This pro rata calculation does not lend itself well to earnouts because the future payments are contingent and potentially variable. Even so, the Department of the Treasury regulations promulgated under Code Section 453 (“regs”) make clear that installment method of reporting applies to a “contingent payment sale” where the total sales price cannot be determined by the close of the tax year in which the sale occurs. Unfortunately for sellers, most earnouts fall under that definition. To calculate the gross profit percentage for a contingent payment sale, the regs assume that 100% of the possible contingent payments will be made in the shortest period of time permissible and use that maximum purchase price to calculate the gross profit percentage. If the maximum purchase price is not available, but the maximum period over which the earnout payments can be made is available, the capital gain is recognized ratably over the fixed period. If neither the maximum purchase price nor the maximum payment period can be determined, the capital gain is recognized ratably over 15 years.

Imputed Interest

An owner will also need to consider imputed interest. Interest will apply to the earnout payments and be taxable as ordinary income to the owner. Section 483 of the code governs imputed interest on earnouts. Code Section 453A may be applicable as well. It is essentially an interest charge on deferred tax. If, following the year of sale, the potential earnout obligation of the buyer exceeds $5 million dollars an additional tax, roughly equivalent to the amount of underpayment interest that would be charged if all payments were due in the first year, will be assessed to the owner.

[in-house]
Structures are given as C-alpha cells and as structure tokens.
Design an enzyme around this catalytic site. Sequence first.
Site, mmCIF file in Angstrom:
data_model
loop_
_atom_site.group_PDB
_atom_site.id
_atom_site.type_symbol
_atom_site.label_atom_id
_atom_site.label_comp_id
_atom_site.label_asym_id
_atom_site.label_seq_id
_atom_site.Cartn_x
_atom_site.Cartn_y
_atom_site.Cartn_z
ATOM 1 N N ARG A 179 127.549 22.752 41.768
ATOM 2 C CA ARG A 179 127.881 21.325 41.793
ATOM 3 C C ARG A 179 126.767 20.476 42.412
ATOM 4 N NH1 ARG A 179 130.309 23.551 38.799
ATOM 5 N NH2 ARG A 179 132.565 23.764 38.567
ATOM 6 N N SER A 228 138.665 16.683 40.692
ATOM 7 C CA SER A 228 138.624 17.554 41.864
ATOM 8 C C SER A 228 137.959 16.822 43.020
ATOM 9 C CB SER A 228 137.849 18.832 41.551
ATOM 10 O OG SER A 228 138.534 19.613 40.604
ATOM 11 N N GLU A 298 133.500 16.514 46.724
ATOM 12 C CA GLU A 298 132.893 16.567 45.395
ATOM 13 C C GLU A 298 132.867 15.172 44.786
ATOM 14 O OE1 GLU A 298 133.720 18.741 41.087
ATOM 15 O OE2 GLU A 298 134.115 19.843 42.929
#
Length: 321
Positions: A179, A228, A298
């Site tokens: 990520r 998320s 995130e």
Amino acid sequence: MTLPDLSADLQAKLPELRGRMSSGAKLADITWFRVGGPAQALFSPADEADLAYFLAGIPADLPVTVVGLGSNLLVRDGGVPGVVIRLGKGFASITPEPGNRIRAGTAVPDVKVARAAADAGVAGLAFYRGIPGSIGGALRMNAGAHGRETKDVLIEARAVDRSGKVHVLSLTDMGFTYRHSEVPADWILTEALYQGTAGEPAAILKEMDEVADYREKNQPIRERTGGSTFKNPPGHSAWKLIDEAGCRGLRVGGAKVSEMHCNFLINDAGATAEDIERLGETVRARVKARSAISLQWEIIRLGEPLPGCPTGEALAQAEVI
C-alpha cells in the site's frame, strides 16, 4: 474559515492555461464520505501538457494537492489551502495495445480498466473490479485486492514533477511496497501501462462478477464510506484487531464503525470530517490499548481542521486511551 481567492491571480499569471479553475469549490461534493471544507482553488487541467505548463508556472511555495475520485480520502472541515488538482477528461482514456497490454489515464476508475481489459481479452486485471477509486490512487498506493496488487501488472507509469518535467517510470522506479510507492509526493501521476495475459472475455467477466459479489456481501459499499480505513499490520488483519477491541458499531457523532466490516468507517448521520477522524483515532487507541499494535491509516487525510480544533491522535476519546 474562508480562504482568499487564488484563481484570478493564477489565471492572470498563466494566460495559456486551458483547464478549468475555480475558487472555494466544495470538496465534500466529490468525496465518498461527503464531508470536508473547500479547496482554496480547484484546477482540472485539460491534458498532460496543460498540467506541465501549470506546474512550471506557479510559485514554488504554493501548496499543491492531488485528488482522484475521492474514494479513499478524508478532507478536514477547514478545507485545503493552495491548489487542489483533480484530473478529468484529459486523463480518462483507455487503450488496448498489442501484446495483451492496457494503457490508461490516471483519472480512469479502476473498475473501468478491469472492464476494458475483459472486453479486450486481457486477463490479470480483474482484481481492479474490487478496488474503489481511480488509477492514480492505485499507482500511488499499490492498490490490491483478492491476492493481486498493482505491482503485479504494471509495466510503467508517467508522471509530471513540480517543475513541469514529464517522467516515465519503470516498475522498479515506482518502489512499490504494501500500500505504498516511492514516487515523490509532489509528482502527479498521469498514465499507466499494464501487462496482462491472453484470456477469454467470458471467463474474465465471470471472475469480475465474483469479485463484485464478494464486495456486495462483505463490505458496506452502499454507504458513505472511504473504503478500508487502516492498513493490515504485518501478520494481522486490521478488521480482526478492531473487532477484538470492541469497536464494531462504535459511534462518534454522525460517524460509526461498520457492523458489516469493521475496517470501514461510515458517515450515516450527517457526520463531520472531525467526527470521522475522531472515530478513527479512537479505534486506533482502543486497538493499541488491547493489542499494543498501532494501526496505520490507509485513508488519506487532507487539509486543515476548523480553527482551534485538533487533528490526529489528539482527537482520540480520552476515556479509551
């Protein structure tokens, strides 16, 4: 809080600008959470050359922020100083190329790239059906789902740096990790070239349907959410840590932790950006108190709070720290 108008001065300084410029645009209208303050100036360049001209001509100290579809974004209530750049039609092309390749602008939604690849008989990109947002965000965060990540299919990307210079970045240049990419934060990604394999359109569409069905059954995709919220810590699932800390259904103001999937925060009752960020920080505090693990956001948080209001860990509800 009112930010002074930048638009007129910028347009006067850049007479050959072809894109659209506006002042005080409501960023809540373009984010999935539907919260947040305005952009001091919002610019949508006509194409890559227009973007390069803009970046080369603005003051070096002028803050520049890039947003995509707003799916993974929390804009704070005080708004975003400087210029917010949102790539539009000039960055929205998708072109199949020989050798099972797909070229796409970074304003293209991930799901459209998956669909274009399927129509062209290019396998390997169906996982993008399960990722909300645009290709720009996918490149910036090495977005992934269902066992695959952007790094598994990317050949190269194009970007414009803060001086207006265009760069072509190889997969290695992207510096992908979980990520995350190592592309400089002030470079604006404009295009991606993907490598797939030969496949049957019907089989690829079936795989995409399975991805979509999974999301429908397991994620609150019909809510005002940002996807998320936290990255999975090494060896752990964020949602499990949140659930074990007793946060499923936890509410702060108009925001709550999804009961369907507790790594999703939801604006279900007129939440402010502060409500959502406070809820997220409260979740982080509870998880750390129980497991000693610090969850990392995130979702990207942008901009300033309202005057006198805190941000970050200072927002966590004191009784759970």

Open Transaction Alternative

If an owner successfully structures an earnout to be taxable not as ordinary income compensation but rather as deferred purchase price consideration, are they stuck with the installment sale reporting rules and accompanying interest imputation rules?  Probably. However, before summarily accepting that result, an owner may wish to consider whether the open transaction doctrine may apply. If it does, the owner will be able to recover his or her entire basis in the stock sold before recognizing any gain. The interest imputation rules also do not apply.

Key applicable rules quickly reveal the difficulty in achieving open transaction treatment:

  1. The regs expressly state that a “contingent payment sale” does not include a transaction “where the installment obligation represents, under applicable principles of tax law, a retained interest in the property which is the subject of the transaction, an interest in a joint venture or a partnership, an equity interest in a corporation or similar transactions, regardless of the existence of a stated maximum selling price or a fixed payment term.” Packing more of the potential purchase price consideration into an earnout moves the transaction closer to the installment obligation representing an equity interest in the buyer or the target.
  2. The regs provide that open transaction reporting is limited to “rare and extraordinary” cases where the fair market value of the contingent payment obligation cannot be reasonably ascertained. The economic chokehold of the COVID-19 pandemic is “rare and extraordinary,” even more so for a target in an industry hit especially hard by the pandemic such as the hospitality industry, but not certain to guaranty favorable treatment for any industry.
  3. The open transaction rule is based on common law. The basic premise is that the contingent payments are so uncertain that the parties cannot calculate with any measure of certainty what, if anything, the seller will receive. However, be cautious. The tax court in Friedman v. Commissioner, TC Memo 2015-177, denied open transaction treatment and the 20% accuracy related penalty applied because the taxpayer did not have substantial authority for its position.

Earnouts will likely be used more frequently to address valuation uncertainties. A prudent owner will consider more closely the tax implications of earnouts to potentially avoid compensation income treatment. If the earnout is purchase price consideration, it will most likely be treated as a contingent payment sale, allowing the owner to use the installment method of payment. If the earnout constitutes a significant portion of the total consideration and the owner has a measure of control over the target post-closing, the open transaction doctrine should be considered.

For more information, please contact Richard Nickels, Kacy Joy or any attorney in Frost Brown Todd’s Private Equity industry team.